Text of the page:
Mr. Deputy Speaker: Order. I always hesitate to intervene on the right hon. and learned Gentleman on a matter of procedure, but there is a clear distinction between the matter that we are discussing—the extension of time—and the substantive matter that we will discuss in a short while. I rather sense that the remarks that he wishes to make are more appropriate to the debate that is to come, rather than to this Question.

Mr. Hogg: As you know, Mr. Deputy Speaker, I am the last person to bandy words with the Chair, but you phrased your comments to me in such a way that I believe I can make the following response. The Secretary of State has come to the House to ask for extra time, on the grounds that he has introduced new proposals that may provide the basis for compromise. One is therefore entitled, in reply to his argument in support of the motion, to ask oneself whether it is the basis of compromise and whether it is a new package. That is why I have ventured to identify a few brief points, because I know that you will hold it against me if I go on for long in the next debate, Mr. Deputy Speaker. I had it in mind to say very briefly why I do not think it is a new package or a basis for compromise.

Mr. Deputy Speaker: Order. I will listen to the right hon. and learned Gentleman patiently for a little longer, and see if we can ourselves achieve a satisfactory compromise.

Mr. Hogg: Thank you, Mr. Deputy Speaker. I do not need to strain your patience, because the points I want to make are brief, and I can express them in headline form.

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First, the powers in amendment (h)—one of the amendments that we debated previously—are permissive, not mandatory. Secondly, a timetable has not been prescribed. The phrase, “any category”, means that the order that designates the categories may provide for a lesser set of circumstances than that provided for by the Lords amendment. Proposed subsection (2) enables the Government, in their order, to exempt circumstances and persons so that the categories are not covered in the same way as they are covered by the Lords amendments. Finally, the procedure to be followed is the affirmative resolution, which, while it is better than the negative resolution, does not allow for proper discussion or for amendment.

Those are the points that I wanted to make in support of my argument. I do not think that Government amendment (h) is different in kind from amendment 10A, which we have previously debated. In any event, it is not the proper basis for compromise. If those things are true, I query why we are extending the time by seven days, because we do not have the basis for a proper settlement.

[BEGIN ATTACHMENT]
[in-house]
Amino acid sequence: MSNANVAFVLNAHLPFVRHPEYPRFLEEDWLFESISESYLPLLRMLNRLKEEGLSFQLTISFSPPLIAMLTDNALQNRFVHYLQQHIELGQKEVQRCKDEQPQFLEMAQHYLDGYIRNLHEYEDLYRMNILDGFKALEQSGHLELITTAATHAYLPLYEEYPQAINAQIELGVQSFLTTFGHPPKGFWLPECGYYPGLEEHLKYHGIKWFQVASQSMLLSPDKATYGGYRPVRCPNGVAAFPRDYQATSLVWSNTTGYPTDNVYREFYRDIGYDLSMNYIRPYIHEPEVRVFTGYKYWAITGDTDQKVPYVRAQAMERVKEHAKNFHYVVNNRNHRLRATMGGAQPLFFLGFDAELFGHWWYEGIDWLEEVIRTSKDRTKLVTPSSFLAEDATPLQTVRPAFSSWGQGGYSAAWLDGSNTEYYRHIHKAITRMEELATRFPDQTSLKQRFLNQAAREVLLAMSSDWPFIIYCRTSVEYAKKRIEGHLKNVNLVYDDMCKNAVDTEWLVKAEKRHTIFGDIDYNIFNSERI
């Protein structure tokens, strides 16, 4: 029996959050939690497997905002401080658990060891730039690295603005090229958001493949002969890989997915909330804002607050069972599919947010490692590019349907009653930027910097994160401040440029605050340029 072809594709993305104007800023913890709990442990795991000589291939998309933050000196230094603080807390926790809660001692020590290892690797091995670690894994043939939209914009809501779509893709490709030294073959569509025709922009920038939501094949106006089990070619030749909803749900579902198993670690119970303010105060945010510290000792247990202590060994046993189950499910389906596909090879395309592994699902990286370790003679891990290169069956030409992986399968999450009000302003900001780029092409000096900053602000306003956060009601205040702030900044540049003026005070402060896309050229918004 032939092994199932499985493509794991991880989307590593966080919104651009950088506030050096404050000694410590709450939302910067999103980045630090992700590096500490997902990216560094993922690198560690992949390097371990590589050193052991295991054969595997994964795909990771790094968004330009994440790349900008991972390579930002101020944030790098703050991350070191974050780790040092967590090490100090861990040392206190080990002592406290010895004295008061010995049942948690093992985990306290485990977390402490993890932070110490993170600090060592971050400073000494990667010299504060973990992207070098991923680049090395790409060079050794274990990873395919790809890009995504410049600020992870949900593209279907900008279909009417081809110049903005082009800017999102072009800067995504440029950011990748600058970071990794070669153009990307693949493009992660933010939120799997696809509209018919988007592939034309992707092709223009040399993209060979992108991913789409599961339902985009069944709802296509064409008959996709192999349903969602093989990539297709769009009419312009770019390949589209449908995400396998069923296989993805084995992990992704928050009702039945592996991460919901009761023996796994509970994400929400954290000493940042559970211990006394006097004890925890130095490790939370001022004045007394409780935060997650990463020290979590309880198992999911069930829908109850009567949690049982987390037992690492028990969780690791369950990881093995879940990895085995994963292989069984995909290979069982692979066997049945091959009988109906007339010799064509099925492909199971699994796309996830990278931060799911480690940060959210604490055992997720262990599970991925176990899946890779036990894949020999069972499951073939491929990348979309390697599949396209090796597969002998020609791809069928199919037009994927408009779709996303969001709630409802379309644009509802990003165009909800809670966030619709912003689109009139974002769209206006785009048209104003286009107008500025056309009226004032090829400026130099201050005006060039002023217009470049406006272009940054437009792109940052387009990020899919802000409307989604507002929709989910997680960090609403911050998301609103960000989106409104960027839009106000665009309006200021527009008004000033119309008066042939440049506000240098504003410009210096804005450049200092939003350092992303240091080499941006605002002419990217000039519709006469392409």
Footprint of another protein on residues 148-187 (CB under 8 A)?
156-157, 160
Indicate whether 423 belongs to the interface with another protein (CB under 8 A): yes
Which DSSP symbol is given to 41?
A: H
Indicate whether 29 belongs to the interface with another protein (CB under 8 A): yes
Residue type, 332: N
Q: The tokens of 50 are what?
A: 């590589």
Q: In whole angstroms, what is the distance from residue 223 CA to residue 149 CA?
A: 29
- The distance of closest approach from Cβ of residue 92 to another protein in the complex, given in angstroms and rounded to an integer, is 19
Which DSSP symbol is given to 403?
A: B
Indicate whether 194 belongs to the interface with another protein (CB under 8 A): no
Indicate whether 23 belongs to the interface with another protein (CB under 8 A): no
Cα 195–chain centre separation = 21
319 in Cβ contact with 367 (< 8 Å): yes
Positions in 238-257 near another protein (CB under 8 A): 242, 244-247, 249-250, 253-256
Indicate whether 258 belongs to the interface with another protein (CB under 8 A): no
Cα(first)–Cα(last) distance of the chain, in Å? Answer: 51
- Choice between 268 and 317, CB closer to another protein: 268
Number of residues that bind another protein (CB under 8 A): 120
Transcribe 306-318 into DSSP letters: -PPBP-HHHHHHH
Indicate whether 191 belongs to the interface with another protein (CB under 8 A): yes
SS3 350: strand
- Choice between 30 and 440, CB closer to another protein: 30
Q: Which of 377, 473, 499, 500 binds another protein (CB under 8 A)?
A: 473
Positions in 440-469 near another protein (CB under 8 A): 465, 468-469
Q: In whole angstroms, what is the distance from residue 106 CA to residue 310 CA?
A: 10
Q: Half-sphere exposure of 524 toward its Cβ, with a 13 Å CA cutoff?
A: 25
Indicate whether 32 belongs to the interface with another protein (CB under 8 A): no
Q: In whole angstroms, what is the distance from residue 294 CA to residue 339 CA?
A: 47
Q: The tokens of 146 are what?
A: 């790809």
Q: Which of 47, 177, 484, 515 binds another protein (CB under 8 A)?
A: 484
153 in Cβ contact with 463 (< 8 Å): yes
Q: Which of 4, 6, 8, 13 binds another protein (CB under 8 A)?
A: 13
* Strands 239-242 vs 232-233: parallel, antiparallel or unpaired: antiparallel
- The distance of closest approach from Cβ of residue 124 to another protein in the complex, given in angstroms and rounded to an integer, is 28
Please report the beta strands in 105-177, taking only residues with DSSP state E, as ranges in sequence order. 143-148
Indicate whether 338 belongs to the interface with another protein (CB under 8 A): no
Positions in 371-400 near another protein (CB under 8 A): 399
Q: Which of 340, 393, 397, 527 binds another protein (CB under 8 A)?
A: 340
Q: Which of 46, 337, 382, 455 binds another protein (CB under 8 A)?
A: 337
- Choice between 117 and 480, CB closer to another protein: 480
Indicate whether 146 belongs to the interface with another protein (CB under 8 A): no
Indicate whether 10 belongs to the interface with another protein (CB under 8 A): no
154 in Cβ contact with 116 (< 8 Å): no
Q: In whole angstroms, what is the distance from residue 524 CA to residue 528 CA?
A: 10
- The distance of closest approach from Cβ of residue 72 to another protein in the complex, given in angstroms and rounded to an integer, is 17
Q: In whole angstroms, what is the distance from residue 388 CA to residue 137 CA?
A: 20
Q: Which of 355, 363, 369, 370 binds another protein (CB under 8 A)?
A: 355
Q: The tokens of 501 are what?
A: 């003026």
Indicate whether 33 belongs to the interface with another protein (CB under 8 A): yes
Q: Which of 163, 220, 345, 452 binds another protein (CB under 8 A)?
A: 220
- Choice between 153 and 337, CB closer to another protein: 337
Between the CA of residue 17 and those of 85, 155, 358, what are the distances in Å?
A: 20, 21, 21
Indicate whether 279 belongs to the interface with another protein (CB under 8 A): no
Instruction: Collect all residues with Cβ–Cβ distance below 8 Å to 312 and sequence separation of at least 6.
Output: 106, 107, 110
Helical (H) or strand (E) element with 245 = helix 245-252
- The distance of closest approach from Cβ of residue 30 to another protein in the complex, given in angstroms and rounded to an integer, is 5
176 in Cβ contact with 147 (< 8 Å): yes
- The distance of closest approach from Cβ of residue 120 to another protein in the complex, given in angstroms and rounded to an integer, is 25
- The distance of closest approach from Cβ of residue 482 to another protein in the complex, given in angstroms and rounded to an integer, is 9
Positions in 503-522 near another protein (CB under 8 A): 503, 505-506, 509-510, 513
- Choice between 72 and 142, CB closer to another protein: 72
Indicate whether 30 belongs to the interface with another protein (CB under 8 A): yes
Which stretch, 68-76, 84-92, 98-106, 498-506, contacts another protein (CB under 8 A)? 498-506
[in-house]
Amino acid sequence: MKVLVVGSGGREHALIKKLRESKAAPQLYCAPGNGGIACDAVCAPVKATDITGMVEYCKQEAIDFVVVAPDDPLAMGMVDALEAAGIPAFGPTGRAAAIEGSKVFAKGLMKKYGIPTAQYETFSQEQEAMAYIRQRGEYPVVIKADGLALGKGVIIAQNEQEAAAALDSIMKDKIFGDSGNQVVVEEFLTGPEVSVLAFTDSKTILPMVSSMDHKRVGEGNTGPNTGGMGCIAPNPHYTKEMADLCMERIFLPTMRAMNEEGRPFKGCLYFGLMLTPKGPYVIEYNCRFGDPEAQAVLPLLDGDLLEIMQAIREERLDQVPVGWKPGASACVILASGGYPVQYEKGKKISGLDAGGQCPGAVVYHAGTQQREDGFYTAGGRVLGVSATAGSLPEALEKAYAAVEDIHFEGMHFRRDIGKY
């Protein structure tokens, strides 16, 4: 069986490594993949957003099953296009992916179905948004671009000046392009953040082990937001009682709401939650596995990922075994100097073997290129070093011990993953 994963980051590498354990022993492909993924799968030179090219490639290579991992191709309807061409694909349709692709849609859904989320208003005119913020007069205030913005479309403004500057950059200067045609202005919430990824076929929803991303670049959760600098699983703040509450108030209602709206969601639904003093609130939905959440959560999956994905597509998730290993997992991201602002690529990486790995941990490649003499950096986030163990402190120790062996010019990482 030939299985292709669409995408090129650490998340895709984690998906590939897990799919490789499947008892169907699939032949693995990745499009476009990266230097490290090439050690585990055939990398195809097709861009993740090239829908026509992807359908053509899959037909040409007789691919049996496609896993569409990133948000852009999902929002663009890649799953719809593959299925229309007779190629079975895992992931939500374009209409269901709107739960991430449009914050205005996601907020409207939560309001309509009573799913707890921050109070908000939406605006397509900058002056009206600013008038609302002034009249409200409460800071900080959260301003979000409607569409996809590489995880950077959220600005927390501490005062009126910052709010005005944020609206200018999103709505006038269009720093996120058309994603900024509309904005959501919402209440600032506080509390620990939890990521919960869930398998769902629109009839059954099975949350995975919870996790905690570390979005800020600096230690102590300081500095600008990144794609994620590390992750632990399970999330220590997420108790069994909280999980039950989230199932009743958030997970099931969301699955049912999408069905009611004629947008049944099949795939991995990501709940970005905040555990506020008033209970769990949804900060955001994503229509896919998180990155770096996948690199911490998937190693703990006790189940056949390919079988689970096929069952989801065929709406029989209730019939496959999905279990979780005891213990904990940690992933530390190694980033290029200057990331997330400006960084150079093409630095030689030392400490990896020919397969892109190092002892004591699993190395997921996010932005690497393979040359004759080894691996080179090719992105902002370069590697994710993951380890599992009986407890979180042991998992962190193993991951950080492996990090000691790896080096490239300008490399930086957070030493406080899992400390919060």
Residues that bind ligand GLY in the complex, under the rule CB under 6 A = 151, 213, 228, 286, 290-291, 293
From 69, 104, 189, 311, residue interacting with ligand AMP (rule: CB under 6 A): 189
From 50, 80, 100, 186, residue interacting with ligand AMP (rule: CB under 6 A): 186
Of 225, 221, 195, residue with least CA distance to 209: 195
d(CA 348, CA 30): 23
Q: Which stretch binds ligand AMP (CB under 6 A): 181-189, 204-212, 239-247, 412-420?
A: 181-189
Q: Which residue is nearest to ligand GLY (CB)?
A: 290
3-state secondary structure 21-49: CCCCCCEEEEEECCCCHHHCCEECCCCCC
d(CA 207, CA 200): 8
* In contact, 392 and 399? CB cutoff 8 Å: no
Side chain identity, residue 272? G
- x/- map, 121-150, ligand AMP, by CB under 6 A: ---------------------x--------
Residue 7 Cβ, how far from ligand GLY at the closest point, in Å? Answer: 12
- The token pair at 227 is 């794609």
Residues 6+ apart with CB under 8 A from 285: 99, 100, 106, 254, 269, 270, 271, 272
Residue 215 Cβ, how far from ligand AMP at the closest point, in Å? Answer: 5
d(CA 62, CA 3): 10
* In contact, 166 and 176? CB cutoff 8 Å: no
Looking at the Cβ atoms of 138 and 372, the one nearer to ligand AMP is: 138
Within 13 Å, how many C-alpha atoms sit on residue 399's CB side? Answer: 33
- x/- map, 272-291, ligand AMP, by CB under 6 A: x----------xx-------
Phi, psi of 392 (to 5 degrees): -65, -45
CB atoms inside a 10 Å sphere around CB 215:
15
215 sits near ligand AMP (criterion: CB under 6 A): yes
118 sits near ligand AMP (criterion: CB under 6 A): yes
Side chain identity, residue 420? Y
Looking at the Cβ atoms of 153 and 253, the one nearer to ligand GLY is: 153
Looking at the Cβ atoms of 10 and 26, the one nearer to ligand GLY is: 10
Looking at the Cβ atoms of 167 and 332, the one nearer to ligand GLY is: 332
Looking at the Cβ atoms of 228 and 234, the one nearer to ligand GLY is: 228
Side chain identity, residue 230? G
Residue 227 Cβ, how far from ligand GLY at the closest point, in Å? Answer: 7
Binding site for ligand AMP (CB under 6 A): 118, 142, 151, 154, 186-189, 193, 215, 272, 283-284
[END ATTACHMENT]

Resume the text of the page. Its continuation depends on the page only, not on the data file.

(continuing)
3.34 pm

Mr. John Redwood (Wokingham) (Con): My right hon. and learned Friend the Member for Sleaford and North Hykeham (Mr. Hogg) has raised an interesting problem, and I should like to ask the Government why they chose seven days. Do they know something that we do not that guarantees that there can be a resolution within seven days, or is it that seven days take us to the point at which they would like to adjourn the House for a stunning 10 weeks, which are completely free for proper scrutiny, analysis and questioning? I fear that it is the latter, and I should have thought that more time
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is needed, given the apparent gap that still exists between my right hon. and learned Friend and the Government.

3.34 pm

Mr. Straw: I think there is a rough consensus that we ought to have more time in which to debate the Bill. As for the point raised by the right hon. Member for Wokingham (Mr. Redwood), I should have thought it was blindingly obvious that we sought the extra seven days because that would take us to the recess.

The right hon. Gentleman made an uncharacteristically cheap point about the length of the recess. I may be wrong about this, but I do not recall his being particularly vocal when I offered the House an opportunity to vote for September sittings.

Mr. Hogg: I certainly was not!

Mr. Straw: The right hon. and learned Member for Sleaford and North Hykeham (Mr. Hogg) tells us that he certainly was not. In any event, the offer was made, there was a free vote, and the House in its wisdom voted against a September sitting and in favour of the tabling of parliamentary questions in early September. So there is not much of a point to be made in that regard.

As for the substantive points that have been made, I think it best for us to proceed to the substantive debate, if the House agrees that we should extend the period by seven days.

Question put and agreed to.


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Corporate Manslaughter and Corporate Homicide Bill

Lords message insisting on amendments to which the Commons have disagreed, disagreeing to Commons amendments in lieu and proposing amendments in lieu of those Commons amendments.

Lords amendments Nos. 2, 3, 5, 6, 10, 10P and 10Q.

3.36 pm

The Secretary of State for Justice and Lord Chancellor (Mr. Jack Straw): I beg to move,

For the benefit of Members who may be wondering on which piece of paper to find the amendments—I understand the concern of the right hon. and learned Member for Sleaford and North Hykeham (Mr. Hogg), who has, as ever, been assiduous—they are on page 1663, as amended. As the rubric states, that is

Members—particularly those who have been debating it at some length—are familiar with the history of the Bill. We tabled it because we thought it important that there should be offences in respect of corporate manslaughter and corporate homicide. We have already accepted in principle the difference—which I shall explain shortly—between our amendment 10A, rejected in the other place, and the amendments that we are about to discuss.

The basis of last week’s debate—which was dealt with by the Under-Secretary of State for Justice, my hon. Friend the Member for Liverpool, Garston (Maria Eagle), and for almost all of which I was present—was not whether the Government had accepted the principle of the application of the offence to deaths in custody, but whether we would ensure that that principle was exercised at some reasonable time in the future. The difference involved is significant.

I understand the objection that was raised. While doubts may be expressed and debating points made about the time that it has taken to travel this road to Damascus, at least we are on track now. The objection to the wording of amendment 10A lay in the fact that the provision for the Act to extend to deaths in custody—as it will—was discretionary, and was in the hands of the Secretary of State. The amendment stated

to the law. It also stated what those amendments could cover, and proposed that the order should be subject to the affirmative resolution procedure.

Amendment (a) states that

Subsection (1A) defines the different categories of custody. Amendment (b) defines a custodial institution, in a very wide sense, and a detained person. It also gives other definitions. Also, there is under amendment (h) the power to extend, but never to subtract from, the scope of custody as laid down by what will become section 2(1A). By order, that section will be able to